Senate votes to make lynching a federal crime

The Senate cleared legislation on Wednesday to make lynching a federal crime. 

The bill, introduced by Sens. Kamala HarrisKamala Devi HarrisKamala Harris rallies with McDonald's workers striking for higher wages Kamala Harris rallies with McDonald's workers striking for higher wages 22 presidential candidates to attend Clyburn's South Carolina fish fry MORE (D-Calif.), Cory BookerCory Anthony Booker22 presidential candidates to attend Clyburn's South Carolina fish fry 22 presidential candidates to attend Clyburn's South Carolina fish fry Five takeaways from first Democratic debate lineup MORE (D-N.J.) and Tim ScottTimothy (Tim) Eugene ScottOn The Money: Trump weighs emergency declaration for Mexico tariffs | GOP senators look to rein in Trump on trade | Powell says Fed may cut rates if trade war hurts economy On The Money: Trump weighs emergency declaration for Mexico tariffs | GOP senators look to rein in Trump on trade | Powell says Fed may cut rates if trade war hurts economy Trump floats new emergency declaration to impose Mexico tariffs MORE (R-S.C.), makes lynching punishable as a hate crime. 

"This is a historic piece of legislation that would criminalize lynching, attempts to lynch and conspiracy to lynch for the first time in America's history. Lynching is part of the dark and despicable aspect of our country's history that followed slavery and many other outrages in our country," Harris said from the floor on Wednesday.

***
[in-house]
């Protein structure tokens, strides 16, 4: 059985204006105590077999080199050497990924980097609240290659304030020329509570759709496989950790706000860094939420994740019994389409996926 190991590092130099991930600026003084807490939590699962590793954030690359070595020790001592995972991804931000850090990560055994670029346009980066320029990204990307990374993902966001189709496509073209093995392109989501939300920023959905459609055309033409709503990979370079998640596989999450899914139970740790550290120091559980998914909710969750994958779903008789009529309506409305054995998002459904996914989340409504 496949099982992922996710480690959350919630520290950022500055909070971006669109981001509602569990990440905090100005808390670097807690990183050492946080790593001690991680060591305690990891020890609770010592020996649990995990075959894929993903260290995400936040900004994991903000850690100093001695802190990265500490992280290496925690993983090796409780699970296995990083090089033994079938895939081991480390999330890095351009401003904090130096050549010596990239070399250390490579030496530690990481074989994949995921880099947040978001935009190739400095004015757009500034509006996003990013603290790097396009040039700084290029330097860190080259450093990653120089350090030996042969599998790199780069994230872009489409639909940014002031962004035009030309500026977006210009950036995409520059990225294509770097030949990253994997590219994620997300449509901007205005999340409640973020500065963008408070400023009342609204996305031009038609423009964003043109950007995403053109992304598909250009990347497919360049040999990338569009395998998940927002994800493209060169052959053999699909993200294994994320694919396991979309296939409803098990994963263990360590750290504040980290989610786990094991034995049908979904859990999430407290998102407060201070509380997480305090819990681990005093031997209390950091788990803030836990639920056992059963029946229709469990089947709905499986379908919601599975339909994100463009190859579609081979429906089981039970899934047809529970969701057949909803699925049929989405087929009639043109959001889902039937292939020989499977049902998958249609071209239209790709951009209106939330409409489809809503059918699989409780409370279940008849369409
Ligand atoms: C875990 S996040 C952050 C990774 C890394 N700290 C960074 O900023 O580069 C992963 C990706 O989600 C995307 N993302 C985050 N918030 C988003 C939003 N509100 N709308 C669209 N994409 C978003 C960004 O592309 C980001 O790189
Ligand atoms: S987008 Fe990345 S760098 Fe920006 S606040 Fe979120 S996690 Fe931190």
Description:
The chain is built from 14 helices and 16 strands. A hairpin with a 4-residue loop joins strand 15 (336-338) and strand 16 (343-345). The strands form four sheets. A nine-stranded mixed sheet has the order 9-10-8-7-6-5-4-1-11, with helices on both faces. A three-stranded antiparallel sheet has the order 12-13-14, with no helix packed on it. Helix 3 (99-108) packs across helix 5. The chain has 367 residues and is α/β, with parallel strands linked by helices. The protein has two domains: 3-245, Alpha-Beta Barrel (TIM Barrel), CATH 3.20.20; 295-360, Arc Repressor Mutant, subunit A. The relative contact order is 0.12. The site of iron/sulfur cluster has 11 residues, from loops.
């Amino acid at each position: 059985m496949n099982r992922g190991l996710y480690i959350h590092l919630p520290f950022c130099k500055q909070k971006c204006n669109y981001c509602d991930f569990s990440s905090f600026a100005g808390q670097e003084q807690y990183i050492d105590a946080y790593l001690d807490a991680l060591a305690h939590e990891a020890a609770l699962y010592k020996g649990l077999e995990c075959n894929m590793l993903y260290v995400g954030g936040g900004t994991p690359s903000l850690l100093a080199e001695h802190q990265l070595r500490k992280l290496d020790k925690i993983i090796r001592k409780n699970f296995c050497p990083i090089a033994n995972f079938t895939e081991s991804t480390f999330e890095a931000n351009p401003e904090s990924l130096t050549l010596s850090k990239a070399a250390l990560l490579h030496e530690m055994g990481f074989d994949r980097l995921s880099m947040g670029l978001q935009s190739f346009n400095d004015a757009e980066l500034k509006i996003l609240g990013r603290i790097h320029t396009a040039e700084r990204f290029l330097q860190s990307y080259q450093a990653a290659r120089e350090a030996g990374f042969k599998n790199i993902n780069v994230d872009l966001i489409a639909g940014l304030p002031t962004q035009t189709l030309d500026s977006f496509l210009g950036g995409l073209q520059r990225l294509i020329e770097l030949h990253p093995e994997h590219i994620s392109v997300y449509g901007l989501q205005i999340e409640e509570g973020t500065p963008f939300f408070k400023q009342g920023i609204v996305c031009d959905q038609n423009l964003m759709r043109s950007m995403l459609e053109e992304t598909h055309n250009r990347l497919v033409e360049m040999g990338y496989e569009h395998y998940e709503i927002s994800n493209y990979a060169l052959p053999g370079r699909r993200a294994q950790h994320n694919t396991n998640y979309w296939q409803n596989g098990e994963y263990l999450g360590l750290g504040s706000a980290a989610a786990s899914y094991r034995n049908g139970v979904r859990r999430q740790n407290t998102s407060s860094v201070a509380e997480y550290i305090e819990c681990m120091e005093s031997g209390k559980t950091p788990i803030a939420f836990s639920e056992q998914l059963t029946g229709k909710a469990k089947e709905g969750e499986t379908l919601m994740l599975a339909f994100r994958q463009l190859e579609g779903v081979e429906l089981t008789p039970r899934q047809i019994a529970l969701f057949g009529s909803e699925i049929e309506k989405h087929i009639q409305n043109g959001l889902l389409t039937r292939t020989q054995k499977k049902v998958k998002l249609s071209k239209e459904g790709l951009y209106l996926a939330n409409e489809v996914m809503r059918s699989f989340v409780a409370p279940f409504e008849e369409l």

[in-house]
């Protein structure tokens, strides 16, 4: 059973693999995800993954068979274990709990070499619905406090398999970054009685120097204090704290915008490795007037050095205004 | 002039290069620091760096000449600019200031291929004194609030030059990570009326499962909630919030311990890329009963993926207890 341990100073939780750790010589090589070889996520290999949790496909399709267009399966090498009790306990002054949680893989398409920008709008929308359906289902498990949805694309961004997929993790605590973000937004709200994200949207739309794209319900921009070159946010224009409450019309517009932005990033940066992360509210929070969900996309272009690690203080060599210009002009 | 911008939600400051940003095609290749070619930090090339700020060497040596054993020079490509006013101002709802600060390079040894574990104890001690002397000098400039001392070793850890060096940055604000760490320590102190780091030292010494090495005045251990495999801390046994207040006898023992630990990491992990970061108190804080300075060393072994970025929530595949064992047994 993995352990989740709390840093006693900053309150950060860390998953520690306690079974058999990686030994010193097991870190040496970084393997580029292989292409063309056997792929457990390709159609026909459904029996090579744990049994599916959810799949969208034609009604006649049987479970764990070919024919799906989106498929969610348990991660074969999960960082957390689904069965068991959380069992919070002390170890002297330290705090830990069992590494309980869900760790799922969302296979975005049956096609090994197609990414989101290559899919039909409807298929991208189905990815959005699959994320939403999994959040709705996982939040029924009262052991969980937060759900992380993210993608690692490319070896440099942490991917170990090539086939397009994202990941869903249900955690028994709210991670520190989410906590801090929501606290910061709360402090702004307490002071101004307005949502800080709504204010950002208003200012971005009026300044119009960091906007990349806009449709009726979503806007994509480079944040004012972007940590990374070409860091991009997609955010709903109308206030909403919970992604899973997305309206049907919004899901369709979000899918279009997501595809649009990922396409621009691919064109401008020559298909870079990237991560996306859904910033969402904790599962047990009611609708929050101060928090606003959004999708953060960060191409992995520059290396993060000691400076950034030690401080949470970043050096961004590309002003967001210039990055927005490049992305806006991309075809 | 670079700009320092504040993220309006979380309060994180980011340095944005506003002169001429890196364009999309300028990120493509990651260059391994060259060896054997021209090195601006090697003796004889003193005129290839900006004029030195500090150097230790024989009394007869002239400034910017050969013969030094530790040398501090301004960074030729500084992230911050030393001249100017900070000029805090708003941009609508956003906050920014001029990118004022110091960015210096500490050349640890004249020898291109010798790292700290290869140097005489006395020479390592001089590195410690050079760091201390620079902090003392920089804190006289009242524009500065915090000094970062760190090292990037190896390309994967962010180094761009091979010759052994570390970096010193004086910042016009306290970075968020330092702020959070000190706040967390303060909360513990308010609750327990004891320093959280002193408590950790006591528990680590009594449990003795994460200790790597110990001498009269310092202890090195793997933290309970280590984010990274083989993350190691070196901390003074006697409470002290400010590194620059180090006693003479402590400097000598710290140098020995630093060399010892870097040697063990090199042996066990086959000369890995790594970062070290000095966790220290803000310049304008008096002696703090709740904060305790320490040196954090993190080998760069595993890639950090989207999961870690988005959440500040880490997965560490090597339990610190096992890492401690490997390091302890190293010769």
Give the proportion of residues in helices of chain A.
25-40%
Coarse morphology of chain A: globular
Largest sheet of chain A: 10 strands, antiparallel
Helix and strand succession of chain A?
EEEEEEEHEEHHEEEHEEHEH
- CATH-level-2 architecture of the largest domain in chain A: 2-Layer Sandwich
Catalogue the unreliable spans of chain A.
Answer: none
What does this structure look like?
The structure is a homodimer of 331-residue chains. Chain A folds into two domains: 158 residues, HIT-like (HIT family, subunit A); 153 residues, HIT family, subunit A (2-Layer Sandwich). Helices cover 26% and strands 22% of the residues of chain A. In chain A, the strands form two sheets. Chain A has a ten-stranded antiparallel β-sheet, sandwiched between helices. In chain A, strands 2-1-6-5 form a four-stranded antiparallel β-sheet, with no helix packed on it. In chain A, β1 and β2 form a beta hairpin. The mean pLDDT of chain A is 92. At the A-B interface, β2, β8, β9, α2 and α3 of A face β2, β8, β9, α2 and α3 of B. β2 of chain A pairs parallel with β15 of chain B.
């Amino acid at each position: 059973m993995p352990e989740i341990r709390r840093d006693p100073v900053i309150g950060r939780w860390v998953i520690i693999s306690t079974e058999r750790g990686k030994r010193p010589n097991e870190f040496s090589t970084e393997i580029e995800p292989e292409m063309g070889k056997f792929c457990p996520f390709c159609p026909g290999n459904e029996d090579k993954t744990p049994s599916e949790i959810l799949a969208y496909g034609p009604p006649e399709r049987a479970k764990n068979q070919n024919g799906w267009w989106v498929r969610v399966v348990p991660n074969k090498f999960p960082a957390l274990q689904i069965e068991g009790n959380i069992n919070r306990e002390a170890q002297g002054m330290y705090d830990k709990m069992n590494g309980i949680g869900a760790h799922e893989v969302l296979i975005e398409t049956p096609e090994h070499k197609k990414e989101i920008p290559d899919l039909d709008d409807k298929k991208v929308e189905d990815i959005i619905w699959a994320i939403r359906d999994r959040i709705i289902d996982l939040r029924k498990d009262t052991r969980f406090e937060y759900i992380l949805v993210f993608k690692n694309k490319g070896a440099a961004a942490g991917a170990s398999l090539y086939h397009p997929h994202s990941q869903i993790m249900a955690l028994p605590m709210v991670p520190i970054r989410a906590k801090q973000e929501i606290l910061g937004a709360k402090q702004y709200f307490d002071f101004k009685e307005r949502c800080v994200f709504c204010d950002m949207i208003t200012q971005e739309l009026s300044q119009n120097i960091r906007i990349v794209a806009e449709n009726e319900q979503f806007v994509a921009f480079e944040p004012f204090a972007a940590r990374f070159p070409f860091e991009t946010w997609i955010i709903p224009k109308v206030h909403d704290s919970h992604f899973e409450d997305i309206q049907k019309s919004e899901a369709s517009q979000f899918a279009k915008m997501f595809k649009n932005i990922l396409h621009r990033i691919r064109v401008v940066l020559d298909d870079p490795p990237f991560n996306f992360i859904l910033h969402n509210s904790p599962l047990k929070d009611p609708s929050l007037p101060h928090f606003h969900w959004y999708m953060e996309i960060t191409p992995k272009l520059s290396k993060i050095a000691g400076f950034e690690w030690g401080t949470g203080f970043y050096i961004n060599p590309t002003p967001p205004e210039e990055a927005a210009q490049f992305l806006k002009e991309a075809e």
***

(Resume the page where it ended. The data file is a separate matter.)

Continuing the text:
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In addition to Harris, Booker and Scott, 35 other senators formally co-sponsored the bill, which was introduced in July and cleared the Judiciary Committee unanimously in October. It passed the full Senate by voice vote.

Congress has tried but failed to pass anti-lynching legislation roughly 200 times since 1918, according to Harris's office. In 2005, the Senate passed a resolution apologizing to lynching victims. 

But, addressing the 2005 vote, the Senate legislation says that while an apology "moves the United States toward reconciliation and may become central to a new understanding, on which improved racial relations can be forged," legislation criminalizing lynching is still "wholly necessary and appropriate."

Booker added on Wednesday that the Senate's passage of the bill is "a very long time coming." 

"For over a century members of Congress have attempted to pass some version of a bill that would recognize lynching for what it is, a bias, motivated act of terror. ... We do know the passage of this bill, even though it cannot reverse irrevocable harm that lynching was used as a terror of suppression, the passage of this bill is a recognition of that dark past," Booker said.